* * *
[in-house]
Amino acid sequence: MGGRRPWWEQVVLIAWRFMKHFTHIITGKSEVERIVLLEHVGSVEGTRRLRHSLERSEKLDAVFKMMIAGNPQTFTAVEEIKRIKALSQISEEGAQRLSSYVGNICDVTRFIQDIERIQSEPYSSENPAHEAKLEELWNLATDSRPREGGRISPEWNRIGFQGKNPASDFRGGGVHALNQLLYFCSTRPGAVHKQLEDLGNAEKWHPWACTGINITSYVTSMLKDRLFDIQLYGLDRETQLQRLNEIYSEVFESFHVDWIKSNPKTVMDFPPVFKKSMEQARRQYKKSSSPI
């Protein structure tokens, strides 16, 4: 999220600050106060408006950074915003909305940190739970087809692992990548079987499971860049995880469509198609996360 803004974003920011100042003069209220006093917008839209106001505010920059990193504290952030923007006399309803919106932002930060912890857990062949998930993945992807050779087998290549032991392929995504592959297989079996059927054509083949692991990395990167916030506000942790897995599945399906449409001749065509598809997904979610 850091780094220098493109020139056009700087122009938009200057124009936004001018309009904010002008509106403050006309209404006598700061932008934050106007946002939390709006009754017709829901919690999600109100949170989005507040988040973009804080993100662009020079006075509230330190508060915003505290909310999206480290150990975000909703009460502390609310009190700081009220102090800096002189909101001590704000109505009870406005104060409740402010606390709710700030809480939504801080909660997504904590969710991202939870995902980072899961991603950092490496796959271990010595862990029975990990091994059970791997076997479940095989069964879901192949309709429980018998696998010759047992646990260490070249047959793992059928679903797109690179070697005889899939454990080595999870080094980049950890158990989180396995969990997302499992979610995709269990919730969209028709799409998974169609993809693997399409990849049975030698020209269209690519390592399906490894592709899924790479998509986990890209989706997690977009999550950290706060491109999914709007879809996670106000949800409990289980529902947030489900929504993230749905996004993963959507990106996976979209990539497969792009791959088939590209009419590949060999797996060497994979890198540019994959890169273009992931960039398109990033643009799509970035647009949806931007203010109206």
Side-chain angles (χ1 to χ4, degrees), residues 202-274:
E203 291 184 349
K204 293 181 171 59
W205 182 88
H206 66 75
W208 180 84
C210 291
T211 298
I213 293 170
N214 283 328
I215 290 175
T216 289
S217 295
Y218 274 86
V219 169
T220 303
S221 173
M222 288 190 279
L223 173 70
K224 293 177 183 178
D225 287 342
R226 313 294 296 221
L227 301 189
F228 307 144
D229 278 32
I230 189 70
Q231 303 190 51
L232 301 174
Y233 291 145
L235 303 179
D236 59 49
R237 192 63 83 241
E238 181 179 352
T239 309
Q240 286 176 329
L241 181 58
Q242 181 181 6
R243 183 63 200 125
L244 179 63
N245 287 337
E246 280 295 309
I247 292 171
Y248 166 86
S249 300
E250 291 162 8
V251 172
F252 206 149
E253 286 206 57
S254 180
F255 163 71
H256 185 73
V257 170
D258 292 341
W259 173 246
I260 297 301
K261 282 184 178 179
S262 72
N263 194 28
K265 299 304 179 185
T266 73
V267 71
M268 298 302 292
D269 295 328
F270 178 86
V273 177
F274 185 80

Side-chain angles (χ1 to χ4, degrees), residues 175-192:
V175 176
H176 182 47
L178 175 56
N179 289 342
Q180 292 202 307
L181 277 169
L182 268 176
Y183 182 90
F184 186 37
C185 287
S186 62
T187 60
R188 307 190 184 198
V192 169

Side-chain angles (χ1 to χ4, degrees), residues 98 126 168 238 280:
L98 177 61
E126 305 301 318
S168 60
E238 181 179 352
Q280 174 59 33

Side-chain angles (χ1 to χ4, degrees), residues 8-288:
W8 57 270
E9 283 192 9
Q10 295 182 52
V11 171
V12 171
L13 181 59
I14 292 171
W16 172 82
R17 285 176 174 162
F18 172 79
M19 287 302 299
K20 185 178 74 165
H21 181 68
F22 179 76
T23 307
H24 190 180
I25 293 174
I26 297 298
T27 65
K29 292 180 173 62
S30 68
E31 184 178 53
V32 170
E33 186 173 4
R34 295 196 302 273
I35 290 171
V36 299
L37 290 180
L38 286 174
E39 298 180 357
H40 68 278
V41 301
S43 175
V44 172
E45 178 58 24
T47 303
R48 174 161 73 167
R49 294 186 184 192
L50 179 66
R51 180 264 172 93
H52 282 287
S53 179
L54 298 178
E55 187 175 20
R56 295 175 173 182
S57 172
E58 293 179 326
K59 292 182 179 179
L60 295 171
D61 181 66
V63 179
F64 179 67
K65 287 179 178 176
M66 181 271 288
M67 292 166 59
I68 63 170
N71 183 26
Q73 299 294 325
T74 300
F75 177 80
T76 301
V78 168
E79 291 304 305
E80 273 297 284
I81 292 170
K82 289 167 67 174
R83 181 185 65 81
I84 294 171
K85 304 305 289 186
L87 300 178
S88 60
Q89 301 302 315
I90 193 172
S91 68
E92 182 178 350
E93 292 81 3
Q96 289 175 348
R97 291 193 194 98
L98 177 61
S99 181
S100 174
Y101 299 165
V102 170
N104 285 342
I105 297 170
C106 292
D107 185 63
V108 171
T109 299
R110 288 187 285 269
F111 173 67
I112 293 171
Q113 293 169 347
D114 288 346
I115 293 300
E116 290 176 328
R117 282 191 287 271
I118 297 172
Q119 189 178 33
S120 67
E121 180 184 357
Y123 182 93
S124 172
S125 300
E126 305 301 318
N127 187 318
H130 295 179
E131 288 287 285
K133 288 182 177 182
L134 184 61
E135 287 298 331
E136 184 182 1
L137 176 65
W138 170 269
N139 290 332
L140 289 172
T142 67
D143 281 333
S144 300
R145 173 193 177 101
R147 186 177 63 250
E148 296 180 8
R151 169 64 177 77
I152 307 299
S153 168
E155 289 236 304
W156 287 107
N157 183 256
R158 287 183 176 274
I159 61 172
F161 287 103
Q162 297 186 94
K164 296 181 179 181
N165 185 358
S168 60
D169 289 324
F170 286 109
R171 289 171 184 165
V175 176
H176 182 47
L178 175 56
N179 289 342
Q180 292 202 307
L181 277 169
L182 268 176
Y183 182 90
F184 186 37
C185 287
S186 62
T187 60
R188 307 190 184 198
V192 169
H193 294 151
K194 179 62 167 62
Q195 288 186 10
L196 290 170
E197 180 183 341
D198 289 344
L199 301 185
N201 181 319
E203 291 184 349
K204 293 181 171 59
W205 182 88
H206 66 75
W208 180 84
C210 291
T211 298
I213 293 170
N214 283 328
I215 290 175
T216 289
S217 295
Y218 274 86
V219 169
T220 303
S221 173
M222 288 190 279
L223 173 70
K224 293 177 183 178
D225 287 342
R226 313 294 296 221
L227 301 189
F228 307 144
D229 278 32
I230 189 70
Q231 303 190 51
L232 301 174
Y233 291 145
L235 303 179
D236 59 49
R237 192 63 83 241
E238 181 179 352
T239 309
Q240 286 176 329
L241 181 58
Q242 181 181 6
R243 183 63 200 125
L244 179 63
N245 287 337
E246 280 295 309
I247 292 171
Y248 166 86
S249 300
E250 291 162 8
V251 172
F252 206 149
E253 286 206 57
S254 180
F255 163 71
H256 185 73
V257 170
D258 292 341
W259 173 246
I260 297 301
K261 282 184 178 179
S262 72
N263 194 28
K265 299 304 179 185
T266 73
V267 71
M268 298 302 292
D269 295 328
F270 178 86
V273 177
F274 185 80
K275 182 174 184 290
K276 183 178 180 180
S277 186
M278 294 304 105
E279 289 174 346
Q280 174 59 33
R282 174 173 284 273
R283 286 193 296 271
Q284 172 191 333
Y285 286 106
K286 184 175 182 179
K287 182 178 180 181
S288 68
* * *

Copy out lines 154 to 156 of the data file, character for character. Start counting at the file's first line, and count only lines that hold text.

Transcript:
E79 291 304 305
E80 273 297 284
I81 292 170